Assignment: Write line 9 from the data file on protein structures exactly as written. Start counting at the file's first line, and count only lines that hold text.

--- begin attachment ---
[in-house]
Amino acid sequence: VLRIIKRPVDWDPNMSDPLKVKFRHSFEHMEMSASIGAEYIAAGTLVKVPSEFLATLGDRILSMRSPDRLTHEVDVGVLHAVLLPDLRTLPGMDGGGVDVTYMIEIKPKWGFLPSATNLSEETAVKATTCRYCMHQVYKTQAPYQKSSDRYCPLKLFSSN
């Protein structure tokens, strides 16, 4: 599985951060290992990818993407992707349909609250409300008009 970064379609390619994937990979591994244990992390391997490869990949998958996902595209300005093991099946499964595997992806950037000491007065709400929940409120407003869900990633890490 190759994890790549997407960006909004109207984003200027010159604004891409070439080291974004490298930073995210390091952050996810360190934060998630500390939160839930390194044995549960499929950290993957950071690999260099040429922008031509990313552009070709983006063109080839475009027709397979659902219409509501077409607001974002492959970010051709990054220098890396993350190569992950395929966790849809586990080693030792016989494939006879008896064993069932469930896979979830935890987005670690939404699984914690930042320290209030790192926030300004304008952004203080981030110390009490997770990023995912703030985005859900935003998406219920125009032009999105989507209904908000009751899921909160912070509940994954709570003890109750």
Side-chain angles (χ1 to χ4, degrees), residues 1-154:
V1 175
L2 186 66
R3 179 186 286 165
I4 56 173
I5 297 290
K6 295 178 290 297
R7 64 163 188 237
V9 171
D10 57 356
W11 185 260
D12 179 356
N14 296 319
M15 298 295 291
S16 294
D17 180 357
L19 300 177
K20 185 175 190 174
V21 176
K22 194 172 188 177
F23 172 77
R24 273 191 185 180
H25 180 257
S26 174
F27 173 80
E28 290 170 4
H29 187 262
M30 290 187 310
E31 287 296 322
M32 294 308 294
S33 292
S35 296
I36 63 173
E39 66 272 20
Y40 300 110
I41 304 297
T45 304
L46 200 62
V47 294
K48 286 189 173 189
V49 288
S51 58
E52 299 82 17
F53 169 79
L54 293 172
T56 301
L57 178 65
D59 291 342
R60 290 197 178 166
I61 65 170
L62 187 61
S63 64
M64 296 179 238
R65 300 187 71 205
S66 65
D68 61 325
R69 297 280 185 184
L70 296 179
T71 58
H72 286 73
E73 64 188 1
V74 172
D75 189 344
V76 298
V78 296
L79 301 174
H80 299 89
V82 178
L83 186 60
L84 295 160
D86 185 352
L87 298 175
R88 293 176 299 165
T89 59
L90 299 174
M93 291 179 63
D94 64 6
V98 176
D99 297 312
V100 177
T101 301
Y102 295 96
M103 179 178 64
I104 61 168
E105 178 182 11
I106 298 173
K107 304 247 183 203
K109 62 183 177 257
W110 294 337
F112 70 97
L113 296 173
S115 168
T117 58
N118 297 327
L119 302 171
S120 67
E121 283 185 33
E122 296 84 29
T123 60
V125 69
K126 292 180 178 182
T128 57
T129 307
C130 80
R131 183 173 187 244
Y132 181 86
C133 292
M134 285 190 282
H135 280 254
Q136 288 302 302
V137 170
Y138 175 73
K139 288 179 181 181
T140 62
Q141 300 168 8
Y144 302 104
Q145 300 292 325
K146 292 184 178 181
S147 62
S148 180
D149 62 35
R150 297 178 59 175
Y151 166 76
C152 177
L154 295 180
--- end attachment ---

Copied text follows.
I5 297 290